In practice, the two stages are partially active in a transient range where the input common mode voltage is proximate to voltage Vs. The constant value of the transconductance is not affected by this transient range.
The amplifier of FIG. 1 comprises a folded cascode intermediate differential stage. One can attempt to use such a stage because it presents the advantage of improving the speed and the stability of the amplifier with respect to other types of output stages. This folded cascode stage comprises two cascode PNP transistors Q8 and Q9 whose base terminals are biased by the same reference voltage Vb. The emitters of transistors Q8 and Q9 are respectively connected to the supply voltage Vcc by the respective resistors 12 and 13 that have the same value of resistance, and to the respective collectors of transistors Q1 and Q2 (output terminals of the stage Q1, Q2). The collectors of transistors Q8 and Q9 are respectively connected to the collectors of the two NPN transistors Q10 and Q11. Transistors Q10 and Q11 are respectively the input and output transistors of a current mirror. The base terminals of transistors Q10 and Q11 are connected to the collector of transistor Q10 and the respective emitters of these transistors are connected to the supply voltage GND by the respective resistors 15 and 16 that have the same value of resistance. The output of the amplifier is taken from the collectors of transistors Q9 and Q11. The emitters of transistors Q10 and Q11 are also respectively connected to the respective collectors of transistors Q4 and Q5 (output terminals of the differential stage Q4, Q5).
The use of a folded cascode output stage in an amplifier that has two differential input stages that operate in an either/or mode, of the type illustrated in FIG. 1, presents the inconvenience of deteriorating the common mode rejection (CMR) characteristic of the amplifier. As with all imperfect amplifiers, the output signal of the amplifier of FIG. 1 varies as a function of the common mode input voltage. This variation remains relatively low in each of the two operating rages of the amplifier. However, during the switching from one mode to the other, the output signal shifts and this is the origin of the degradation of common mode rejection.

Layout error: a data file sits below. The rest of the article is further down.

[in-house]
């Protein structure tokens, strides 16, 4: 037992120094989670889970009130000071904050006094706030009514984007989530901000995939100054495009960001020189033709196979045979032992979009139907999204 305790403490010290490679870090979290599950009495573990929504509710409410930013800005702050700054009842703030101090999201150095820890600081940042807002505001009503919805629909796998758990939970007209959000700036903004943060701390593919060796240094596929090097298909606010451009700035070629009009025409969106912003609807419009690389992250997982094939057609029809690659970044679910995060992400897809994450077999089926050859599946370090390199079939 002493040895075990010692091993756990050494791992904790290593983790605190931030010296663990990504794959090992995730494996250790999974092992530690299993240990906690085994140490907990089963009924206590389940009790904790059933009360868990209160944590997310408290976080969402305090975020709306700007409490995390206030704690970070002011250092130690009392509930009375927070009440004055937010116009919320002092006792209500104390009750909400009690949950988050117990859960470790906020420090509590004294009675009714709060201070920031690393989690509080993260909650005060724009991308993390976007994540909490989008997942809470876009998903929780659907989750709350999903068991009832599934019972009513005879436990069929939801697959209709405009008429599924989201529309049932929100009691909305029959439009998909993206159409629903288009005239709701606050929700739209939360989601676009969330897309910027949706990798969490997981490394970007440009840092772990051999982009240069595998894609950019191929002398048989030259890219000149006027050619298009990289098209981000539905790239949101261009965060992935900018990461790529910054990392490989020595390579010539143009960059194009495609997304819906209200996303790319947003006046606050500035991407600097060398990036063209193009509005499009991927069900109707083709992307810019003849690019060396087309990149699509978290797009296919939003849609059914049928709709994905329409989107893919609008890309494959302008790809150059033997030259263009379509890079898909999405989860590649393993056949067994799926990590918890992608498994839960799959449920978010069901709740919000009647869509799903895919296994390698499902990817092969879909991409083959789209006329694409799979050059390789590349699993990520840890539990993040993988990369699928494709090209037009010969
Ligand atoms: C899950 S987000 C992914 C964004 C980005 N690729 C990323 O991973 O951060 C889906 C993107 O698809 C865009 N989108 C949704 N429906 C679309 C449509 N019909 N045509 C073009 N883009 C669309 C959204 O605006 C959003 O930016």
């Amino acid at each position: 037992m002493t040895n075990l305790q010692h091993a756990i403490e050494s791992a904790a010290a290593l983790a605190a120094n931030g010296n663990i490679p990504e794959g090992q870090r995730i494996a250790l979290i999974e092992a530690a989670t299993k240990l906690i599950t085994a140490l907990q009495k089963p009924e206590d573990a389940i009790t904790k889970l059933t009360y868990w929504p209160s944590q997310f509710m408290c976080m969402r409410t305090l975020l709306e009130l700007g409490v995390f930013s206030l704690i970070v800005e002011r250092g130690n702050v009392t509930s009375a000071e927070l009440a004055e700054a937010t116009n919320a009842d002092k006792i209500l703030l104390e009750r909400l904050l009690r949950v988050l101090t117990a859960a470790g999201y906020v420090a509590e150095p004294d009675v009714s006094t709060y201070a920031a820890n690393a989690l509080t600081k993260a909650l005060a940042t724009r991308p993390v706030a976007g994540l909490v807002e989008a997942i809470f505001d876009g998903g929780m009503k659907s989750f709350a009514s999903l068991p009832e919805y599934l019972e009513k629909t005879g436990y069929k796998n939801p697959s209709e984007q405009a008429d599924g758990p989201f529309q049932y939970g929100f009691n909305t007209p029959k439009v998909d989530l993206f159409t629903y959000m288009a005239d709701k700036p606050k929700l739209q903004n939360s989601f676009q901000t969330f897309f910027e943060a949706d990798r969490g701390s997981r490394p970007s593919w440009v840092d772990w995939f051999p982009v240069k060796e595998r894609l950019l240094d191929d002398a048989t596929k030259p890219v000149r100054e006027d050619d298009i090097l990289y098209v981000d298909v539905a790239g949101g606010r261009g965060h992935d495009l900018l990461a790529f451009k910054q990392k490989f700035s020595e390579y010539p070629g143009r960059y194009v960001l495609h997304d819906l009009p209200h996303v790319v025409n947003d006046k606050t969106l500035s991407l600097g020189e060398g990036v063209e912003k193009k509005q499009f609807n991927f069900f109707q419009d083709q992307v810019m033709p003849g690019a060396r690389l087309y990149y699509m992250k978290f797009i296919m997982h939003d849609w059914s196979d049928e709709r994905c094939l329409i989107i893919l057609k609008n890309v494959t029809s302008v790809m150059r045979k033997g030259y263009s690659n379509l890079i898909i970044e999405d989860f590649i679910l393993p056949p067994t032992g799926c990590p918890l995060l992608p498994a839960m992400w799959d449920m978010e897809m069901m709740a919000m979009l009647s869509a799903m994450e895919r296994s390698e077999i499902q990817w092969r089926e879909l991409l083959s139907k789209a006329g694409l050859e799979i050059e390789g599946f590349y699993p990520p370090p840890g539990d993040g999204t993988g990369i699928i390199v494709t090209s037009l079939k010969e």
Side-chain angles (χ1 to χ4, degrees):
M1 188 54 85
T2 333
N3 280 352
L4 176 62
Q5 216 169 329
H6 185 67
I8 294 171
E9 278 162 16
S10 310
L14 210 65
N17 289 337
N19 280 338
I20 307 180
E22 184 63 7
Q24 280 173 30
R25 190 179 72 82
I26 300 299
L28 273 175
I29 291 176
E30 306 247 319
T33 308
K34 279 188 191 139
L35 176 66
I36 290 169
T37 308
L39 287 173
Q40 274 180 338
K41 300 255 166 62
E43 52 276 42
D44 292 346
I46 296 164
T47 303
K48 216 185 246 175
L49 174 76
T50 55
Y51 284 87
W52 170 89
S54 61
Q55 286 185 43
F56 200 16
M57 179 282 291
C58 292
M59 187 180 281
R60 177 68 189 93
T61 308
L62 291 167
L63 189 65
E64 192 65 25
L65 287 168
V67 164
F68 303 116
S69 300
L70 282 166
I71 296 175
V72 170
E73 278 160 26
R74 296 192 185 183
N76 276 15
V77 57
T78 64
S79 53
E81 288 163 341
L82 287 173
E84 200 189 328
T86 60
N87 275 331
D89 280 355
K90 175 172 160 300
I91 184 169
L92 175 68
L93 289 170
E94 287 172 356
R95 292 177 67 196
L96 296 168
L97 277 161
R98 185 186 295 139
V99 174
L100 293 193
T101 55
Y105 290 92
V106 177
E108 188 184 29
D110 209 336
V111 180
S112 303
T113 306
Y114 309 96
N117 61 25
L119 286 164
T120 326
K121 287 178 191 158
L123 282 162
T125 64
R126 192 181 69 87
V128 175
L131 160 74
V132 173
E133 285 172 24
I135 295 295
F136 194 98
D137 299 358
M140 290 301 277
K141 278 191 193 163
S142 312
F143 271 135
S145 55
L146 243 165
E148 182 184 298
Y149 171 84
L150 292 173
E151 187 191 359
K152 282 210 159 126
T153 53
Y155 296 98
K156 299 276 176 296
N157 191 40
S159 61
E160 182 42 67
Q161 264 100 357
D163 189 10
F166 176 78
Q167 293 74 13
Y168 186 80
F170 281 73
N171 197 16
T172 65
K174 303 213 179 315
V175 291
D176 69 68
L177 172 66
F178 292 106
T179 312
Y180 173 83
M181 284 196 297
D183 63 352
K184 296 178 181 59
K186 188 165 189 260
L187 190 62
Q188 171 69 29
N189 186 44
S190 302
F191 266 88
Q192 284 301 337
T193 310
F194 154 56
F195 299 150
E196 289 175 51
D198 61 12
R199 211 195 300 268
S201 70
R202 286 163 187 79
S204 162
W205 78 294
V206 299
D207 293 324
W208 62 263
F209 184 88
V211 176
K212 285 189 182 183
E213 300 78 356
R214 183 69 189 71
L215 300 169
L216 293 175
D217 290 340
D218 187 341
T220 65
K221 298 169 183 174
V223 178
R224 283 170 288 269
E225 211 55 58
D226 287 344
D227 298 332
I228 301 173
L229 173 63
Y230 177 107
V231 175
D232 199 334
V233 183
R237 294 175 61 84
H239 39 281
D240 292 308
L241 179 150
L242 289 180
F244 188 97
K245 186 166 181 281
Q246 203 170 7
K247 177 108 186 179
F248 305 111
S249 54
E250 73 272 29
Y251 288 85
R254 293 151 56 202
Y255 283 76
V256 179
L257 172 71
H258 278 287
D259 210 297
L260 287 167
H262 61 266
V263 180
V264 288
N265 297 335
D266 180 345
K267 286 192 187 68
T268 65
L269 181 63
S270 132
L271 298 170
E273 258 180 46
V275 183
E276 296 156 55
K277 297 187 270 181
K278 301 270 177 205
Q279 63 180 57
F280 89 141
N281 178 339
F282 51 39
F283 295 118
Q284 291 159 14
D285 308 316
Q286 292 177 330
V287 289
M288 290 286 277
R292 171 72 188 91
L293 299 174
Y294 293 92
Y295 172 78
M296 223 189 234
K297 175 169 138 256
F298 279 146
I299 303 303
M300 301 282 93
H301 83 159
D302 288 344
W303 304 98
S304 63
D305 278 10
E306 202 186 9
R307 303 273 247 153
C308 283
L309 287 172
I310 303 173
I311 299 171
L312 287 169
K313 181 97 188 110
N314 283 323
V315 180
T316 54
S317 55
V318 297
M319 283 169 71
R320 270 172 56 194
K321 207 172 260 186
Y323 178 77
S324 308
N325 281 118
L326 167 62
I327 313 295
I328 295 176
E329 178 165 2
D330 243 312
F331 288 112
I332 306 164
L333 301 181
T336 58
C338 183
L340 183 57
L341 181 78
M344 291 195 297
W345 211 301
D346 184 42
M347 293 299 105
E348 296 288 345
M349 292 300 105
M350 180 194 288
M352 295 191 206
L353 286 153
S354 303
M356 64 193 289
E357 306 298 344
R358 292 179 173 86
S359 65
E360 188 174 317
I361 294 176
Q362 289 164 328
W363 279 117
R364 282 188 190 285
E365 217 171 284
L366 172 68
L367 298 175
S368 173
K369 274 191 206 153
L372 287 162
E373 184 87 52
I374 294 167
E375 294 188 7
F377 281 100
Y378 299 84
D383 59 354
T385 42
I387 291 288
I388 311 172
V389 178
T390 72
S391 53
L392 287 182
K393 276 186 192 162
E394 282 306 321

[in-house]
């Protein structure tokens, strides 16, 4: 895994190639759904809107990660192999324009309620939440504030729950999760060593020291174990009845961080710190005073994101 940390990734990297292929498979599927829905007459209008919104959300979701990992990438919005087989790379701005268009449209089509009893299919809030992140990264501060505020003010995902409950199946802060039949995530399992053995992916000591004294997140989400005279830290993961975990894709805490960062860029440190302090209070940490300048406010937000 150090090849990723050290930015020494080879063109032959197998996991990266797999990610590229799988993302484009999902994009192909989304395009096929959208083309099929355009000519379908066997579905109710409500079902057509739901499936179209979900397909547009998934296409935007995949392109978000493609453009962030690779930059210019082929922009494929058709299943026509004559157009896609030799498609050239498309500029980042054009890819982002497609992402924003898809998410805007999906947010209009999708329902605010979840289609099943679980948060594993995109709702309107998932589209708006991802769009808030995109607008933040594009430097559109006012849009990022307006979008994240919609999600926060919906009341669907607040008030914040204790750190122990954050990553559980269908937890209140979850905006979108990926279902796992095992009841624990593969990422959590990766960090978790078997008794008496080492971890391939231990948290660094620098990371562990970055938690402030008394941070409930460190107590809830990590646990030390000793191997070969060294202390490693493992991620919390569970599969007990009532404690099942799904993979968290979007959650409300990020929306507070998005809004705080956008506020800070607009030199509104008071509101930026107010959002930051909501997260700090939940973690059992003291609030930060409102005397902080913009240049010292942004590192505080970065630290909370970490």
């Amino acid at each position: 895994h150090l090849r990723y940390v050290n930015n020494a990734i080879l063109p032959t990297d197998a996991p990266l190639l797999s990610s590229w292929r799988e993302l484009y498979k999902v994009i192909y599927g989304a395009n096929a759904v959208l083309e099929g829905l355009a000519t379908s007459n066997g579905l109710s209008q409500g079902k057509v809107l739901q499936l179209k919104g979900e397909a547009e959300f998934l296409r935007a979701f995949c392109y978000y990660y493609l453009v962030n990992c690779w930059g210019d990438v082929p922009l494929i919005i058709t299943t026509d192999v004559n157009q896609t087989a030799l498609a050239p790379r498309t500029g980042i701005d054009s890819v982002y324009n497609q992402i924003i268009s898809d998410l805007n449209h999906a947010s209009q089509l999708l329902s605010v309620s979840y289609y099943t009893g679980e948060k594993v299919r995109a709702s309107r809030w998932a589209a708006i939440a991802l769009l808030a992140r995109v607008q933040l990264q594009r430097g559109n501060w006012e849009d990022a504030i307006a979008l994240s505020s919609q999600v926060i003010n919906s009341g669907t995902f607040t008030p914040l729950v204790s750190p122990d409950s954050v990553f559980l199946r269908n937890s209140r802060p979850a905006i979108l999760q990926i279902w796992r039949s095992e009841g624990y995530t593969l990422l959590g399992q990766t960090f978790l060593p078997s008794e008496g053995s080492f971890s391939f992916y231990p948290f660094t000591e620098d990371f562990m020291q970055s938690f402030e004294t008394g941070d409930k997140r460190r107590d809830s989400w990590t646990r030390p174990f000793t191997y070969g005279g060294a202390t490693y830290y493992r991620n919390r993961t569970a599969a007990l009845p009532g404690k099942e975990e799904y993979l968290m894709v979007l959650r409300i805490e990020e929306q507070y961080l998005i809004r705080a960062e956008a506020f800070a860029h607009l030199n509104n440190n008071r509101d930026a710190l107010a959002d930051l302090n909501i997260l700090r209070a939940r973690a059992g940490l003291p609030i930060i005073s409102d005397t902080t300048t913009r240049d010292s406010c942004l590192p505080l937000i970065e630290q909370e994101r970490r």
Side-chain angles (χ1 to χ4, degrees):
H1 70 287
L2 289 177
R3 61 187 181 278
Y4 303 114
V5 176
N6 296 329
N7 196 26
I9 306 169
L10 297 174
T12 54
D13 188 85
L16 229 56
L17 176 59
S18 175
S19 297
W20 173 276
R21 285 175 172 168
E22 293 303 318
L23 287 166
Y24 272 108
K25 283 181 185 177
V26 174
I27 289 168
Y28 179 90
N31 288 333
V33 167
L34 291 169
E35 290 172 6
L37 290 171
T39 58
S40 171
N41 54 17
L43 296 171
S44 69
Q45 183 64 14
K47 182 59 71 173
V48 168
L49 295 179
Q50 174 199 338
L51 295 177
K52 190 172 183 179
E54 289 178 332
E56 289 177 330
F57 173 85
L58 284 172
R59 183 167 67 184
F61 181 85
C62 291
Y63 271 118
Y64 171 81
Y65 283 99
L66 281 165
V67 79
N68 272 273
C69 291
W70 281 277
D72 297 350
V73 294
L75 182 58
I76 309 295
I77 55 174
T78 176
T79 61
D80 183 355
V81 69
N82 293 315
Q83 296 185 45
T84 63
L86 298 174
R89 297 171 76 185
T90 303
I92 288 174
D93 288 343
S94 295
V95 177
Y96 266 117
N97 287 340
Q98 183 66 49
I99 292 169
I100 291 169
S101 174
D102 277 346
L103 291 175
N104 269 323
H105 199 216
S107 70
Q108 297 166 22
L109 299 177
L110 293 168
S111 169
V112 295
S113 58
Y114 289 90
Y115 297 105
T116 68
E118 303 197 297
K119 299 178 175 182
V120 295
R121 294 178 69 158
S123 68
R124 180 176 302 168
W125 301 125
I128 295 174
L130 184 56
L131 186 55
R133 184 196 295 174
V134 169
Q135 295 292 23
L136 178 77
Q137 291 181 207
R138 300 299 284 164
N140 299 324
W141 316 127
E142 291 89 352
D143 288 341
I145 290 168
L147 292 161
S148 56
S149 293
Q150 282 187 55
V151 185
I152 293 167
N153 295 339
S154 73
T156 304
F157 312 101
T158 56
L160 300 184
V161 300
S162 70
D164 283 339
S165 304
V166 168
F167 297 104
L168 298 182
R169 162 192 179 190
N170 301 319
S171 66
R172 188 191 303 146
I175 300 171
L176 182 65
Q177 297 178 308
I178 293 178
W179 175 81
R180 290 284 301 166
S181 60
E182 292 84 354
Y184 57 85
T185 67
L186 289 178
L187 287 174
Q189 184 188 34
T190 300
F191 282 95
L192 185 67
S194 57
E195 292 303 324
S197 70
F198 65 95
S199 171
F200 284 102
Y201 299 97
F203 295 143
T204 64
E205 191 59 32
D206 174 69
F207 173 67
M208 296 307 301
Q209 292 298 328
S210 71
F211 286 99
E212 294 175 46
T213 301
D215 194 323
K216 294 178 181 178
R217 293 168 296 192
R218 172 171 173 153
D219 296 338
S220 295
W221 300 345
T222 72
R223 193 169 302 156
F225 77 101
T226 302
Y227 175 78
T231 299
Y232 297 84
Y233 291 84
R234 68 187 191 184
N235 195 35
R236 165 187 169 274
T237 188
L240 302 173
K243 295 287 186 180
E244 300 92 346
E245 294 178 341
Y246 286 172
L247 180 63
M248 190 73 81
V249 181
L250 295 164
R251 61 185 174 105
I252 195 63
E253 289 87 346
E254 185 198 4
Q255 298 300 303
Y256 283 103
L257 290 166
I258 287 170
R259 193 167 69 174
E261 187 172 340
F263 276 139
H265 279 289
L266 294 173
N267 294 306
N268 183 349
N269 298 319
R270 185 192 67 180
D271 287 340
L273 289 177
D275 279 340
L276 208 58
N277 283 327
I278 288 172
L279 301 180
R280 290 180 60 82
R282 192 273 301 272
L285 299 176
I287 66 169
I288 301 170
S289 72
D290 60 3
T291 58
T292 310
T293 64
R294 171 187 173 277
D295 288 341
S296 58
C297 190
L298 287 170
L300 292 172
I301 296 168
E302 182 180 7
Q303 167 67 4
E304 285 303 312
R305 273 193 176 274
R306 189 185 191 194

An object of the present invention is to provide an amplifier of the type of FIG. 1 equipped with a compensation circuit that cancels the shift in the output signal when the amplifier switches from one operating range to the other.
To achieve this and other objects, the invention provides an amplifier comprising two complementary differential input stages and a first current source that is switched as a function of the input voltage of the amplifier in order to render active one or the other of the input stages by establishing the quiescent current of the input stage. A folded cascode stage has two cascode transistors whose currents are determined by a bias voltage of these transistors and reduced by the currents circulating in the output branches of a first of the differential input stages. A compensation circuit switched at the same time as the first current source for maintaining a constant current in the cascode transistors when one of the differential stages changes between an active state and an inactive state.
According to an embodiment of the invention, the compensation circuit ensures a constant current in the cascode transistors by modifying the bias voltage of these cascode transistors.
According to an embodiment of the invention, the cascode transistors are connected to a supply voltage (Vcc) via first respective resistors of same value and form the output transistors of a first current mirror. The output branches of the first differential stage are connected between the cascode transistors and the first resistors. An input transistor of the first current mirror is connected to the supply voltage by a second resistor that has the same value as the first resistors, and receives a constant current. A second switched current source injects, between the second resistor and the input transistor of the first current mirror and when the first differential stage is active, a current equal to the quiescent current of each output branch of the first differential stage.